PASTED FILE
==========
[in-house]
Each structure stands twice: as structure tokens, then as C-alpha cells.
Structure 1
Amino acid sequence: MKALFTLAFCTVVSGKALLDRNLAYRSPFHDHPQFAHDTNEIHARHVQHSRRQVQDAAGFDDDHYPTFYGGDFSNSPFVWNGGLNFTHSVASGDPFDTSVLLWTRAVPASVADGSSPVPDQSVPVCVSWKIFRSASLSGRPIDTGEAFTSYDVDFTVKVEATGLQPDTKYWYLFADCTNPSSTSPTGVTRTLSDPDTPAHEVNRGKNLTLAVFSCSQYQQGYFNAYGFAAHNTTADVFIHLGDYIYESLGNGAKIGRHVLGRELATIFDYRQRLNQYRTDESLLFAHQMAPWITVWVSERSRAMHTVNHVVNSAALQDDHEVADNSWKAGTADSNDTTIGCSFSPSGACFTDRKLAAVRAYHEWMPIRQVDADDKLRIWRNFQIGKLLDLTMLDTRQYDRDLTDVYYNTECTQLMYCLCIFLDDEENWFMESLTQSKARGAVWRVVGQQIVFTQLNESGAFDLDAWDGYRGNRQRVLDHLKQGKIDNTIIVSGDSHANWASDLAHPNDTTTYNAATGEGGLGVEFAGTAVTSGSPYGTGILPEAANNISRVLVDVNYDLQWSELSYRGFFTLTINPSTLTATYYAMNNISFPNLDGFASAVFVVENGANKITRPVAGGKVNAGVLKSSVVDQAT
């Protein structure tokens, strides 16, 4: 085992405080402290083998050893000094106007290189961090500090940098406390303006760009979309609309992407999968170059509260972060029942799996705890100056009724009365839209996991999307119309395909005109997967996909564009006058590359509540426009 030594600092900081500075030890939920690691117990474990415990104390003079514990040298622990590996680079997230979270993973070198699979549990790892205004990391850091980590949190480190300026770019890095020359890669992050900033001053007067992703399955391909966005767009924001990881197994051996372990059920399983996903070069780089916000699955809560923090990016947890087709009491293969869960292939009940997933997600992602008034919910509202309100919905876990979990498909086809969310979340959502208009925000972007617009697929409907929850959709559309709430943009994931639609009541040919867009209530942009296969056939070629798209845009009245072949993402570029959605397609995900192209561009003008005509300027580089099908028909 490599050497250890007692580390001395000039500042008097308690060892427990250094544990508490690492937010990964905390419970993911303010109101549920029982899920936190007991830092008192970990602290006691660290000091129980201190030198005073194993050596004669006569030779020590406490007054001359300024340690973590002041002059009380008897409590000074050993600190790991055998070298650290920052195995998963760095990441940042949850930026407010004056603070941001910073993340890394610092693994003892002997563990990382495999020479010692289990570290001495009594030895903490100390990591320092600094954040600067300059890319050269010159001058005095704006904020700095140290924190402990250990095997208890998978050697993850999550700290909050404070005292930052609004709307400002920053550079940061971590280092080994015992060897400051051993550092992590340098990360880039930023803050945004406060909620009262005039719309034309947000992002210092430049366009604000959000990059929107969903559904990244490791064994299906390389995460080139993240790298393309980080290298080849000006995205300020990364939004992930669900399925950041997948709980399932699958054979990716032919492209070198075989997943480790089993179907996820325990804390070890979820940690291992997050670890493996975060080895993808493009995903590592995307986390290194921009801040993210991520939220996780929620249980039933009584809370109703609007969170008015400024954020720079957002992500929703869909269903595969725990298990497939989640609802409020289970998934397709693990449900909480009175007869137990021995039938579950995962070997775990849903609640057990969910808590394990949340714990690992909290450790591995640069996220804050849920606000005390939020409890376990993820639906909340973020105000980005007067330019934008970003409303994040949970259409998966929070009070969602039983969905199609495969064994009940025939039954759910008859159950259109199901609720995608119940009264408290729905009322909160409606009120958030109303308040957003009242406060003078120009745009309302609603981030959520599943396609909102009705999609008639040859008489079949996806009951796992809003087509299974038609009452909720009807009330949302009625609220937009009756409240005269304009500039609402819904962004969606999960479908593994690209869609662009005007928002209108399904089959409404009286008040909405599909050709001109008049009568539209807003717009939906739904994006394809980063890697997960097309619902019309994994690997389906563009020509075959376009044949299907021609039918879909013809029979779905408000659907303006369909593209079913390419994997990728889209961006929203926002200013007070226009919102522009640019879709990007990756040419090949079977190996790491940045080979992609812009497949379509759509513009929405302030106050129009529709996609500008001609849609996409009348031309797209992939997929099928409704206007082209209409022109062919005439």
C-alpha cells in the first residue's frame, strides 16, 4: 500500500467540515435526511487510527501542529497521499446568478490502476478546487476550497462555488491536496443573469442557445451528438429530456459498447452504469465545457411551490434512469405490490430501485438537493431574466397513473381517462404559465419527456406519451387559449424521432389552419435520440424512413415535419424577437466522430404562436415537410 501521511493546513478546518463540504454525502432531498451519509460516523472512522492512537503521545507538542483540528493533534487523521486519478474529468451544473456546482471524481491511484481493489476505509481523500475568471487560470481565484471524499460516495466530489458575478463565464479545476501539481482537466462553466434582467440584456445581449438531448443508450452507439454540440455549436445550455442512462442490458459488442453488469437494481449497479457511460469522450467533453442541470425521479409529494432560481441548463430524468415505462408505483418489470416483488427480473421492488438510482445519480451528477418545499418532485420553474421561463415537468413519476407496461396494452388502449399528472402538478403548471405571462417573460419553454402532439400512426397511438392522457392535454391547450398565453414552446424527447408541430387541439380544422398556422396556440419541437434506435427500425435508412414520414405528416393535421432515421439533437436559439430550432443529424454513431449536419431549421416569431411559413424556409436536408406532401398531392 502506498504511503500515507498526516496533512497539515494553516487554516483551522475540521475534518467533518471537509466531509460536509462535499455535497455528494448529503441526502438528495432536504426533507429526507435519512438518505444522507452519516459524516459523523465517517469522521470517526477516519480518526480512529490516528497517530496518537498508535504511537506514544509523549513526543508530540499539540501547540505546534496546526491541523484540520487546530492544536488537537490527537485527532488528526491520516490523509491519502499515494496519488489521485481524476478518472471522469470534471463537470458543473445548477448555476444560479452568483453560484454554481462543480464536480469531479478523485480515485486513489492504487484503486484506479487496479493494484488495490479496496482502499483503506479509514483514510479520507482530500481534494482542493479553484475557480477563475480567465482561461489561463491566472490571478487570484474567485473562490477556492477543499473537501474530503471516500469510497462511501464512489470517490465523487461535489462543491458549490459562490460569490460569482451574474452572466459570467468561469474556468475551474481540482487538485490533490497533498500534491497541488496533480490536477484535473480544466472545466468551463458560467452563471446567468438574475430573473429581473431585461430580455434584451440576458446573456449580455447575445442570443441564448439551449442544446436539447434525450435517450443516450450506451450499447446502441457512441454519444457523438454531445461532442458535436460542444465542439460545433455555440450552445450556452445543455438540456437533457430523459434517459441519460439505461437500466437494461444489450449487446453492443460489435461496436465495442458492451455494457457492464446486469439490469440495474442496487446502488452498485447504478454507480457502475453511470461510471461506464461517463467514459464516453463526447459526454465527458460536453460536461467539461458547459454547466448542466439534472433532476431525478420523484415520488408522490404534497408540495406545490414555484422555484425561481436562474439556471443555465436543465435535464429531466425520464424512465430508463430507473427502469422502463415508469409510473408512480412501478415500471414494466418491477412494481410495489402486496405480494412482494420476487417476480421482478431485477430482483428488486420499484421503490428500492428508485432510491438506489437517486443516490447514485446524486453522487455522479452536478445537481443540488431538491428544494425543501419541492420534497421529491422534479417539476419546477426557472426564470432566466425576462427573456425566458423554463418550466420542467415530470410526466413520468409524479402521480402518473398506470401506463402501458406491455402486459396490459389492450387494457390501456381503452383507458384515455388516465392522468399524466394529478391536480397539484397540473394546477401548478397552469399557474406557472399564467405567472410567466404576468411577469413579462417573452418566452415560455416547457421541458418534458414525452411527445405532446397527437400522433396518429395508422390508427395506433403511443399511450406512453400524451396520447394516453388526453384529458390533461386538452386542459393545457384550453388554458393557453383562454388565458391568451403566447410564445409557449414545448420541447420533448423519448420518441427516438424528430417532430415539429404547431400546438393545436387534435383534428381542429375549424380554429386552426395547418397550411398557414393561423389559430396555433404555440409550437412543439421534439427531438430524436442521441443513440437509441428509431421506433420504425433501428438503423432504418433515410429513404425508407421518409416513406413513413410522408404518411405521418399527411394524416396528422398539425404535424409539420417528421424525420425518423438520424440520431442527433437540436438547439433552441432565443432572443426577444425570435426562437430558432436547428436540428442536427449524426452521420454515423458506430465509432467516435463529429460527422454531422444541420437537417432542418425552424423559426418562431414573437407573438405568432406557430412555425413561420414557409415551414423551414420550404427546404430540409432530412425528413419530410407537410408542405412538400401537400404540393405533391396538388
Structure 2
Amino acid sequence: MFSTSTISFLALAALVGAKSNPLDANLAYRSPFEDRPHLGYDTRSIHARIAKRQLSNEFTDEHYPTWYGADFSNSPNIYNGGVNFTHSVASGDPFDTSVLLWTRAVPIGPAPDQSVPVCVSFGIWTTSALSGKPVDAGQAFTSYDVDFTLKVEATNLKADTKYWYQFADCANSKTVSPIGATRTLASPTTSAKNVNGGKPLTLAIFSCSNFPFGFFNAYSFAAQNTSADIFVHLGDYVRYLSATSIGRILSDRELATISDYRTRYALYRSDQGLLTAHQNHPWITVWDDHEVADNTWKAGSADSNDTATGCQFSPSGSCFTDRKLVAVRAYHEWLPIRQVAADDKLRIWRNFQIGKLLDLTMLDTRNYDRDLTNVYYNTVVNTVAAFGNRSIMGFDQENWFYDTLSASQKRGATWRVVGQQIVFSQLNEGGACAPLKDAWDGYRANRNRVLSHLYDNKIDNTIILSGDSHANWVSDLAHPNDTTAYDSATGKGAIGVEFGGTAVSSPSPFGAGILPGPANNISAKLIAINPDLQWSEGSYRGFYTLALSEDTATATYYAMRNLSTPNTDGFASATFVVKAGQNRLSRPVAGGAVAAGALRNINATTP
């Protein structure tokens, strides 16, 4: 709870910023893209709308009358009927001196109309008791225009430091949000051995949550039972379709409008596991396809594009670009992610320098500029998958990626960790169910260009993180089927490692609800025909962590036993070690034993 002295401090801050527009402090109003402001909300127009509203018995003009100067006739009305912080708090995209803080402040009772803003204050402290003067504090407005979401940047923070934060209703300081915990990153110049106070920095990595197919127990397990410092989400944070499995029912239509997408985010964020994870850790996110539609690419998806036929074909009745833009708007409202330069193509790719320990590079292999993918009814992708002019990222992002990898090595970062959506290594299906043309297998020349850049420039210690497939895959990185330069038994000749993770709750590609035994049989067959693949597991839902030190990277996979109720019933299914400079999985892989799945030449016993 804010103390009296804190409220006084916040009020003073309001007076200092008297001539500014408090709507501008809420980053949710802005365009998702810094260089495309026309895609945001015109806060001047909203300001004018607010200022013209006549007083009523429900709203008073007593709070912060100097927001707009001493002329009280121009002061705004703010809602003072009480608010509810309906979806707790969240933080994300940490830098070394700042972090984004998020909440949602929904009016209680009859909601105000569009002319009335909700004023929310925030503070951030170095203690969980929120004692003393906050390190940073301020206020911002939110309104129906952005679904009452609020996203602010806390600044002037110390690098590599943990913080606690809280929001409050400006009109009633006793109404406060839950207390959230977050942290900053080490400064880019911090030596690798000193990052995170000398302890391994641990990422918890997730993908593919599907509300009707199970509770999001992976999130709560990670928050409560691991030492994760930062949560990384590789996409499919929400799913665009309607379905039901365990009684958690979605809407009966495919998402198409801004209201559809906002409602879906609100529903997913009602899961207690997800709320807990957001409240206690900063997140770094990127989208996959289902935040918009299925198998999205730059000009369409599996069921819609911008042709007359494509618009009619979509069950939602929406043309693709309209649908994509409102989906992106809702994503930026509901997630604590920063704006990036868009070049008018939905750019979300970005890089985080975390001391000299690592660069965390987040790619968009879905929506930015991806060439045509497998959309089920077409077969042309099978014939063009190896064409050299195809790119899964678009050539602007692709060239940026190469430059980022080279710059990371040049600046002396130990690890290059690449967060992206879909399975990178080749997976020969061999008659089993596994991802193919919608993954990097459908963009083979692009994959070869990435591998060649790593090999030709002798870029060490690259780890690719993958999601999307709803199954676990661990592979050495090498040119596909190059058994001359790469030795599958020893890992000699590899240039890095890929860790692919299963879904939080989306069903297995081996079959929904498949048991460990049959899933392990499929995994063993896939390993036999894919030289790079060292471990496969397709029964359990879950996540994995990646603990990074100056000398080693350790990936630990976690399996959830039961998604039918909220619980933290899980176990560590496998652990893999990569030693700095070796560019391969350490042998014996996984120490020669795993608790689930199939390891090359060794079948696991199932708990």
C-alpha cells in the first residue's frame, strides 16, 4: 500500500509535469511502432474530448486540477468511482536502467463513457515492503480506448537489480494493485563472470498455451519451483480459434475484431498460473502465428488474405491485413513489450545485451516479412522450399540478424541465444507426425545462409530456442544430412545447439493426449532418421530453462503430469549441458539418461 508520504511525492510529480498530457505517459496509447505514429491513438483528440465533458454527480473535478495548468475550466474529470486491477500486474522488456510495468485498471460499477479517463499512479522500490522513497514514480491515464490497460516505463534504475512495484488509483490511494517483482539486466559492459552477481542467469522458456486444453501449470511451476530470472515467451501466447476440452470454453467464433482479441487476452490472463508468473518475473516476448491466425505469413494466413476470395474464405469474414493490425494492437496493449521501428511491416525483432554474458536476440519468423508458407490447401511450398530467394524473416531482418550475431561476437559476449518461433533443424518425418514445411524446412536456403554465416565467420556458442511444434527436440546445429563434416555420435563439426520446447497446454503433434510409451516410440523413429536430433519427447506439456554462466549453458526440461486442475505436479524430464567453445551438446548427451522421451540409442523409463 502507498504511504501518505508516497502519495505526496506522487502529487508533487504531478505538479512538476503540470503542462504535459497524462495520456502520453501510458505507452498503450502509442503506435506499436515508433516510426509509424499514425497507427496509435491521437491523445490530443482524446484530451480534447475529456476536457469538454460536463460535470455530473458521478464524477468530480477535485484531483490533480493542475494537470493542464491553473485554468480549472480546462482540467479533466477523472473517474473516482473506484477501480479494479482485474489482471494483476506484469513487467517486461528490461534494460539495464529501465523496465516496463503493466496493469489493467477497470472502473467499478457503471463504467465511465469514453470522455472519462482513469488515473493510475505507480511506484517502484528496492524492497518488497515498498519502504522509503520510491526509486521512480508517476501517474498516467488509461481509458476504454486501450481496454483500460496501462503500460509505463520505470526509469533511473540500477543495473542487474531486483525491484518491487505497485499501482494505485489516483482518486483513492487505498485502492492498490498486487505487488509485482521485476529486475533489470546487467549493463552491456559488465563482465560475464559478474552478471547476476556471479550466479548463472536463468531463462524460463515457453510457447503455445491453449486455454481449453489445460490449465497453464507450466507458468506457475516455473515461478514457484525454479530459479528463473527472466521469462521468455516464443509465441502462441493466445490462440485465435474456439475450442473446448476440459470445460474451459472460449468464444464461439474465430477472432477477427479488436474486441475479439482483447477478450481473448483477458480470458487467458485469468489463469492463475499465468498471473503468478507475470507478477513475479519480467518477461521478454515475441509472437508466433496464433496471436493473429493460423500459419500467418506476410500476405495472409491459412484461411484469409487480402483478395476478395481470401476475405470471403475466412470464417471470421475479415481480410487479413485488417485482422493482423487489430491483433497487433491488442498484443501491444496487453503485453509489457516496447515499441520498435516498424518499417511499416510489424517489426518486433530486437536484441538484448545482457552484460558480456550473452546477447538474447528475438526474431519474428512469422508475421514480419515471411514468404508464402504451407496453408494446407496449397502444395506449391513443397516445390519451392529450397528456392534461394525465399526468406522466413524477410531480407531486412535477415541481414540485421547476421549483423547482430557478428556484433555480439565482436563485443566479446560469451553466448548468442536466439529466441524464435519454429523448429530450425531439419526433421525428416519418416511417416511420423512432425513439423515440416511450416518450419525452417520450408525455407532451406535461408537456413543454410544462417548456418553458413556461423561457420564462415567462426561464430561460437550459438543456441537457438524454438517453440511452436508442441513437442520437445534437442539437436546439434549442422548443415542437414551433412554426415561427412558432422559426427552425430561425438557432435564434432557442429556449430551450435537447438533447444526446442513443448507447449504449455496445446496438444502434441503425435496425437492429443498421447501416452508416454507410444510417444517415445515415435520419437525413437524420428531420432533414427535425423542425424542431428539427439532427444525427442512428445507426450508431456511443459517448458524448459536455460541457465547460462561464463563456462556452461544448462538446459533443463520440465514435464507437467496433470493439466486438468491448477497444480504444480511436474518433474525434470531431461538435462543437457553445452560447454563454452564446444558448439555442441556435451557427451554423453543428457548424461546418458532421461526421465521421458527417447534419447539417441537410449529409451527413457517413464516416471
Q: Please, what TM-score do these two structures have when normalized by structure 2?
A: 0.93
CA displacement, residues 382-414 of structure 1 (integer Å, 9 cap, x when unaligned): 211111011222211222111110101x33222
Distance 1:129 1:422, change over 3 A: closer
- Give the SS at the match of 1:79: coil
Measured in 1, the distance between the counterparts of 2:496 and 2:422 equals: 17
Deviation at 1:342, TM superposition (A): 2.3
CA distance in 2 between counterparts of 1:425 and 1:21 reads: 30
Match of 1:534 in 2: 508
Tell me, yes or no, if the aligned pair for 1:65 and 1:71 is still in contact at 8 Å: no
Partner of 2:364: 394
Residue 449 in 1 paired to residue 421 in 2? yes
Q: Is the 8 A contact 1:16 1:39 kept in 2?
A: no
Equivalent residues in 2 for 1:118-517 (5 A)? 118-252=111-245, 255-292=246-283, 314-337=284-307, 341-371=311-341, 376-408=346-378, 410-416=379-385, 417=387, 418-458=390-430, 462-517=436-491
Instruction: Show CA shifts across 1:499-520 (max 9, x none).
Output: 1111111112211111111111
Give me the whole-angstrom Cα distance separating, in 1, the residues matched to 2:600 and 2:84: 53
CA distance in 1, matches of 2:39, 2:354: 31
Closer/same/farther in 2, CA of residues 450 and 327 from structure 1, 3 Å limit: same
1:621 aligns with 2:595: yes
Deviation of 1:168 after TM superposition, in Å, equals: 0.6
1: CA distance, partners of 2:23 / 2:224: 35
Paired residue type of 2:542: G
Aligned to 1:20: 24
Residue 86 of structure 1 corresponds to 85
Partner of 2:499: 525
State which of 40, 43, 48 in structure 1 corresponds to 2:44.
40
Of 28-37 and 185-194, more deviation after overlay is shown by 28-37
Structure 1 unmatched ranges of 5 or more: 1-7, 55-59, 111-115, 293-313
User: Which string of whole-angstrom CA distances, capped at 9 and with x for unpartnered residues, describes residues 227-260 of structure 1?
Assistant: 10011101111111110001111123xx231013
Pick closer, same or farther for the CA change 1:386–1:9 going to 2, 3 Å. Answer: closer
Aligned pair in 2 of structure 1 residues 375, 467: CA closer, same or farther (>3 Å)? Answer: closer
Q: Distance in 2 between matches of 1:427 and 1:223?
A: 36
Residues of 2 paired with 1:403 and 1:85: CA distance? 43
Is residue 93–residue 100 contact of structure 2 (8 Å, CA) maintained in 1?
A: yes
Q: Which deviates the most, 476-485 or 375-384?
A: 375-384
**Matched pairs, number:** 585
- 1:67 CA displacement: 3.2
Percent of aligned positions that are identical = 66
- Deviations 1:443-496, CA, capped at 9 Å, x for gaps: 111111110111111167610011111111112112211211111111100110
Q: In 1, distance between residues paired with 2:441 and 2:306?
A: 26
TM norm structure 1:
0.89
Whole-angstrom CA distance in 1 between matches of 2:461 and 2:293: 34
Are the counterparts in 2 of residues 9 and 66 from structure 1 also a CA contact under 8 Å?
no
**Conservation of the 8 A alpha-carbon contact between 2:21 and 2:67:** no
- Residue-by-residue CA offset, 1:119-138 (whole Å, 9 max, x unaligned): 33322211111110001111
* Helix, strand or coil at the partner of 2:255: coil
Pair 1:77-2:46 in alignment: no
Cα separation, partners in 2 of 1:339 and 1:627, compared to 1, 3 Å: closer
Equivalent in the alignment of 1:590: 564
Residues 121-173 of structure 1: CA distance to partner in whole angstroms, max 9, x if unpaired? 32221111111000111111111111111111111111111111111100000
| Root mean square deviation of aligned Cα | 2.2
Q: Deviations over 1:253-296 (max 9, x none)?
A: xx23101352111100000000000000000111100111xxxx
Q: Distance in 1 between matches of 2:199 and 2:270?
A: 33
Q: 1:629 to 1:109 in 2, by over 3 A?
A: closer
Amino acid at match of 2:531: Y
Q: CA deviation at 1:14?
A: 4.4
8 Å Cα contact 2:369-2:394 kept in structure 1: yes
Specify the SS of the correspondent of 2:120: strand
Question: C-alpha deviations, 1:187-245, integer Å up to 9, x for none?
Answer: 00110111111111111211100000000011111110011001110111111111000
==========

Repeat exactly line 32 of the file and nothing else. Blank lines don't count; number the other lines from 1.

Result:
Deviation of 1:168 after TM superposition, in Å, equals: 0.6